With Greg Deichmann arriving in the Windy City to make his big league debut on Friday, the Chicago Cubs placed veteran outfielder Jason Heyward on the IL with left index finger inflammation.
It’s just the latest setback for Heyward, who has been downright atrocious this season. One year after looking like he was putting it all together at the dish, Heyward, who turns 32 on Monday, has limped to a .198/.271/.322 line. Given he’s making $21 million this year and a combined $44 million over the next two years, the Cubs front office needs to take a very long look in the mirror and seriously ponder Heyward’s future with the organization.
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Seriously, if you’re fine cutting ties with guys like Anthony Rizzo, Javier Baez and Kris Bryant – not to mention Andrew Chafin, Ryan Tepera and Craig Kimbrel – you can’t look me in the eye and tell me that Heyward is worth keeping on the roster. Not at that price point, at least.
Earlier this year, we saw the Angels drop future first-ballot Hall of Famer Albert Pujols, who quickly signed on with the reigning World Series champions in Los Angeles. They did so despite the fact it meant they’d be eating what was left of his $30 million salary for 2021. The Cubs should do the same with Heyward.
I understand the leadership void you’d create with such a move. Maybe you just ghost injury him for the final two months, keeping his presence in the dugout and clubhouse – but he can’t take reps away from the young guys you need to evaluate: Deichmann, Ian Happ, Rafael Ortega, Patrick Wisdom, etc.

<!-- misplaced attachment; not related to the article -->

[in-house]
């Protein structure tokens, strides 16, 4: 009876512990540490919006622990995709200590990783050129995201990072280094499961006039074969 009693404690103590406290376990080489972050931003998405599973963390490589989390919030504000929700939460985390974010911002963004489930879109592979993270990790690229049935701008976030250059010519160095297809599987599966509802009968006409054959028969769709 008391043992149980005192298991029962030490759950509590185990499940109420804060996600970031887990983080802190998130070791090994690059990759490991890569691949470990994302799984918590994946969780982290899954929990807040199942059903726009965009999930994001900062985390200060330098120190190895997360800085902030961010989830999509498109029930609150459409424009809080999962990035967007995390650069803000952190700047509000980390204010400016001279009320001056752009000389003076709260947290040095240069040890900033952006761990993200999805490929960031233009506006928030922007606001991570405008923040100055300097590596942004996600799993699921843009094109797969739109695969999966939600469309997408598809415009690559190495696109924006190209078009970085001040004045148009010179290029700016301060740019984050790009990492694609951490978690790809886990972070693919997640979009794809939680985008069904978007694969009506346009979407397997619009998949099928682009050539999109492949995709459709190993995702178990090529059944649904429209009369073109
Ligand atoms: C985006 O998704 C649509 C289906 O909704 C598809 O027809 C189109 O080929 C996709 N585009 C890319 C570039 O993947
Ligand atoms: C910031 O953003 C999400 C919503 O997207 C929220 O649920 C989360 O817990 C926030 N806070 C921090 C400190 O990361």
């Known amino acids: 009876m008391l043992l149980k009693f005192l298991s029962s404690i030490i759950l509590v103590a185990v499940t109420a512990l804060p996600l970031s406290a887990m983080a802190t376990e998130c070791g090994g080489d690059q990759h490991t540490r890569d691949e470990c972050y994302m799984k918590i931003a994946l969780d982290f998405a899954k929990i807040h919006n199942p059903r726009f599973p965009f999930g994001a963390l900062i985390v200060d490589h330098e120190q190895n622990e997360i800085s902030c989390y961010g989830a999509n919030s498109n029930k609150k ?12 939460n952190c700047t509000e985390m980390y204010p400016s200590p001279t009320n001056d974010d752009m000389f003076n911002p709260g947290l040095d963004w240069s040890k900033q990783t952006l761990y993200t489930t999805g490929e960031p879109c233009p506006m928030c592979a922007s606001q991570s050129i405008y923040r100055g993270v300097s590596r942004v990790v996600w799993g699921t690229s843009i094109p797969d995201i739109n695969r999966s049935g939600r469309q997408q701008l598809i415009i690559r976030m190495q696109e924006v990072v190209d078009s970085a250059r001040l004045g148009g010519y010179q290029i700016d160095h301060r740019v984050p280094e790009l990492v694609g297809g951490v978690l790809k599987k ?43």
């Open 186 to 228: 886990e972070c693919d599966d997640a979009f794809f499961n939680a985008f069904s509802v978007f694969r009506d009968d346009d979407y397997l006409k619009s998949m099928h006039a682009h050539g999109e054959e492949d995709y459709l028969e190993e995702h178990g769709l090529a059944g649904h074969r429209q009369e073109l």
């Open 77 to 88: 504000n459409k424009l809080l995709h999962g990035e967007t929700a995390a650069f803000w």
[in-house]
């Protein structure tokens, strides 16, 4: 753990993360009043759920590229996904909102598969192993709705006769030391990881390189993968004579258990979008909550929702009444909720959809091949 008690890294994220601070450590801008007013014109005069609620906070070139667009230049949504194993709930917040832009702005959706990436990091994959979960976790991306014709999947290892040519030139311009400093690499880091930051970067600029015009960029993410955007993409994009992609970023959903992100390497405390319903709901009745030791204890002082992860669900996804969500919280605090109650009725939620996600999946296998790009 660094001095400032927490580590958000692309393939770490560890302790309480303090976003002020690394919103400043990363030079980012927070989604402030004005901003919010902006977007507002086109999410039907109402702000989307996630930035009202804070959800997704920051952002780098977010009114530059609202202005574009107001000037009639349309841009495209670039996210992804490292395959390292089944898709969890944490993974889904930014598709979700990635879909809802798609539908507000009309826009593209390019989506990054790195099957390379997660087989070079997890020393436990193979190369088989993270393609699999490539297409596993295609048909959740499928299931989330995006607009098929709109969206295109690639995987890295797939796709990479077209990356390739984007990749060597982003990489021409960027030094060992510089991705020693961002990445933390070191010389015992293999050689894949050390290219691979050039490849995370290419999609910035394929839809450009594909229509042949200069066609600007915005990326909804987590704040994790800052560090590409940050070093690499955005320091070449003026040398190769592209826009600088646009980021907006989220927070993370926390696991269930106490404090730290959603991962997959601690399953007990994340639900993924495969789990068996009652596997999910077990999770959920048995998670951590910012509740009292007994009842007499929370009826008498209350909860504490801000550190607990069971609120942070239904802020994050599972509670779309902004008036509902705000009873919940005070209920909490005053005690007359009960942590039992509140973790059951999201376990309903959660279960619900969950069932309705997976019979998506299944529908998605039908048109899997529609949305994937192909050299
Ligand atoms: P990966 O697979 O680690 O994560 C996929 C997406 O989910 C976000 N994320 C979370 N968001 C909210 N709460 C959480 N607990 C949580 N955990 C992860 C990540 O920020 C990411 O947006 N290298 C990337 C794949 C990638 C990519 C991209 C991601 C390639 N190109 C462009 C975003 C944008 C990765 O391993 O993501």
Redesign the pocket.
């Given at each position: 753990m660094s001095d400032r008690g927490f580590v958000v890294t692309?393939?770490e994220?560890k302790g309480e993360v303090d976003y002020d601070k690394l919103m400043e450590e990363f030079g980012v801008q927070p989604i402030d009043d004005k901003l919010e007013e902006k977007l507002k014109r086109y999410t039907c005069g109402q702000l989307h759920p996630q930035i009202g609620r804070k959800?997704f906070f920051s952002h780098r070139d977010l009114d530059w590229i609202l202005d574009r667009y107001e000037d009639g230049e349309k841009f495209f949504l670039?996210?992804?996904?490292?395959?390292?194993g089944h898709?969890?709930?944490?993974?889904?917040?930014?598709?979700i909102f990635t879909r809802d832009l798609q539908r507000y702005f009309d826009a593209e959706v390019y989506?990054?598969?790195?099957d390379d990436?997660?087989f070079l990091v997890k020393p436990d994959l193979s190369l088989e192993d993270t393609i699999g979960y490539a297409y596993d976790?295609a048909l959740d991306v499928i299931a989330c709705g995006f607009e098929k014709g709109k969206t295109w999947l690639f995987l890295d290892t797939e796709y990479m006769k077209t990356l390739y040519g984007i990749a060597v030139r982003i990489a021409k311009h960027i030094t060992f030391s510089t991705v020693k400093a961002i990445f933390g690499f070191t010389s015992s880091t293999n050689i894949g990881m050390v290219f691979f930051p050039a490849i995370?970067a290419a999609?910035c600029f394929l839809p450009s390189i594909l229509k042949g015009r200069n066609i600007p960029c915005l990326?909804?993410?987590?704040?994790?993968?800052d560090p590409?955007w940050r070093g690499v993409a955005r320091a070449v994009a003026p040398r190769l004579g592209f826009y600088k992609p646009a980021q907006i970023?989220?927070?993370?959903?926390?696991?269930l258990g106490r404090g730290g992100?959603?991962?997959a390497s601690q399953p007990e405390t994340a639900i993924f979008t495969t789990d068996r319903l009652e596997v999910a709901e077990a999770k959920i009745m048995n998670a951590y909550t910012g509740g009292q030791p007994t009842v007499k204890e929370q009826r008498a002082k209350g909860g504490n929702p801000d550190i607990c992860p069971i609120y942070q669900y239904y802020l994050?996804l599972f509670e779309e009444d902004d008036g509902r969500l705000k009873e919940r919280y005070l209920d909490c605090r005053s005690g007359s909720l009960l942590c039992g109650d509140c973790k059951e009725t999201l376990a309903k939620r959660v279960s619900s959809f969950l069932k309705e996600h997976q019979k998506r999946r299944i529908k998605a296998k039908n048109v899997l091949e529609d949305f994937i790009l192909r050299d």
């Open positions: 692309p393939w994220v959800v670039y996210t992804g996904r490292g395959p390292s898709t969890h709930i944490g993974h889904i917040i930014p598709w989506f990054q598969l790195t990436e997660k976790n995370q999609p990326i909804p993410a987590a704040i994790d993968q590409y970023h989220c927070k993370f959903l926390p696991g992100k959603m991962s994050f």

Chicago Cubs: Jason Heyward, Jake Arrieta are little more than dead weight
I actually wondered if Chicago would DFA him to make room for Deichmann before they wound up placing him on the injured list Friday. But, alas, it looks like, if nothing else, they’re kicking the can down the road a bit. I’ve wondered more than once if the same fate awaited Jake Arrieta, who has been a shell of his former self – if that – since returning to the North Side.
On the year, the right-hander carries a -1.8 WAR, according to Baseball Reference. He’s allowing more than 11 hits per nine, has an ERA of 6.34 and is serving up long balls at a career-worst rate. Even as one of my personal all-time favorite Cubs players, I’m at the point where you cannot justify taking starts from someone like Justin Steele down the stretch.
At this point, the bandaid has been violently ripped off. There’s no point in half-measures or fan service. If the Cubs are serious about getting back on track sooner rather than later, you can’t be wasting roster spots on veterans with nothing left to offer.